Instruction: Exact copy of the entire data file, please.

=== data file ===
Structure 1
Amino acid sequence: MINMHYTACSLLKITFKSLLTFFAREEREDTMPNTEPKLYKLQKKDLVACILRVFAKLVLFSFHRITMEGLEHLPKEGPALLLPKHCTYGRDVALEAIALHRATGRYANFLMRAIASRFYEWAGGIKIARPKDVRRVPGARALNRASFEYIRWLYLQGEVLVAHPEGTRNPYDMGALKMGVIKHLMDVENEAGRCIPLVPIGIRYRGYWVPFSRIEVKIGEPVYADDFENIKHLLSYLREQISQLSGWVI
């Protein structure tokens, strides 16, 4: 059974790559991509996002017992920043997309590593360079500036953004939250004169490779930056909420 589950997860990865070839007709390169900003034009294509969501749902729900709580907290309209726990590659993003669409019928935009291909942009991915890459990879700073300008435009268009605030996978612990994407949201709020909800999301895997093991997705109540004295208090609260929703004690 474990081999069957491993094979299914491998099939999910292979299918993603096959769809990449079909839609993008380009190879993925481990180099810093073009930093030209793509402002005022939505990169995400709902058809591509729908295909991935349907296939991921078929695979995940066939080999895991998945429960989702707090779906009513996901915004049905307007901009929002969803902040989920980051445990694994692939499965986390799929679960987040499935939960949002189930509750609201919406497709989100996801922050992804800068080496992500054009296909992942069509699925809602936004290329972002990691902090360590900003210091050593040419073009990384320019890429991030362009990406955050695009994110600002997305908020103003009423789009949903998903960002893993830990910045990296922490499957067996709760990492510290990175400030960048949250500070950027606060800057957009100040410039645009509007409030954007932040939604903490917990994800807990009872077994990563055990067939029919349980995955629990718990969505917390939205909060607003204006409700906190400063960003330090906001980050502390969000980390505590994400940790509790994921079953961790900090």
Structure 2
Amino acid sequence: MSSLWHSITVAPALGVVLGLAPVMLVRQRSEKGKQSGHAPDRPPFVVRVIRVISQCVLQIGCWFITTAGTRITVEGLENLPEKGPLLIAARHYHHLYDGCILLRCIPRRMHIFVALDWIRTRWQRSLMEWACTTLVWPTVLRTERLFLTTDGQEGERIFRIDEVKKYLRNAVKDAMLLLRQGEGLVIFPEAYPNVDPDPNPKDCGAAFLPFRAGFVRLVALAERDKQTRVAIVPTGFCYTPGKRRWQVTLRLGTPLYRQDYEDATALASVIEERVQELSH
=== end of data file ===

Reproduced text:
Structure 1
Amino acid sequence: MINMHYTACSLLKITFKSLLTFFAREEREDTMPNTEPKLYKLQKKDLVACILRVFAKLVLFSFHRITMEGLEHLPKEGPALLLPKHCTYGRDVALEAIALHRATGRYANFLMRAIASRFYEWAGGIKIARPKDVRRVPGARALNRASFEYIRWLYLQGEVLVAHPEGTRNPYDMGALKMGVIKHLMDVENEAGRCIPLVPIGIRYRGYWVPFSRIEVKIGEPVYADDFENIKHLLSYLREQISQLSGWVI
């Protein structure tokens, strides 16, 4: 059974790559991509996002017992920043997309590593360079500036953004939250004169490779930056909420 589950997860990865070839007709390169900003034009294509969501749902729900709580907290309209726990590659993003669409019928935009291909942009991915890459990879700073300008435009268009605030996978612990994407949201709020909800999301895997093991997705109540004295208090609260929703004690 474990081999069957491993094979299914491998099939999910292979299918993603096959769809990449079909839609993008380009190879993925481990180099810093073009930093030209793509402002005022939505990169995400709902058809591509729908295909991935349907296939991921078929695979995940066939080999895991998945429960989702707090779906009513996901915004049905307007901009929002969803902040989920980051445990694994692939499965986390799929679960987040499935939960949002189930509750609201919406497709989100996801922050992804800068080496992500054009296909992942069509699925809602936004290329972002990691902090360590900003210091050593040419073009990384320019890429991030362009990406955050695009994110600002997305908020103003009423789009949903998903960002893993830990910045990296922490499957067996709760990492510290990175400030960048949250500070950027606060800057957009100040410039645009509007409030954007932040939604903490917990994800807990009872077994990563055990067939029919349980995955629990718990969505917390939205909060607003204006409700906190400063960003330090906001980050502390969000980390505590994400940790509790994921079953961790900090």
Structure 2
Amino acid sequence: MSSLWHSITVAPALGVVLGLAPVMLVRQRSEKGKQSGHAPDRPPFVVRVIRVISQCVLQIGCWFITTAGTRITVEGLENLPEKGPLLIAARHYHHLYDGCILLRCIPRRMHIFVALDWIRTRWQRSLMEWACTTLVWPTVLRTERLFLTTDGQEGERIFRIDEVKKYLRNAVKDAMLLLRQGEGLVIFPEAYPNVDPDPNPKDCGAAFLPFRAGFVRLVALAERDKQTRVAIVPTGFCYTPGKRRWQVTLRLGTPLYRQDYEDATALASVIEERVQELSH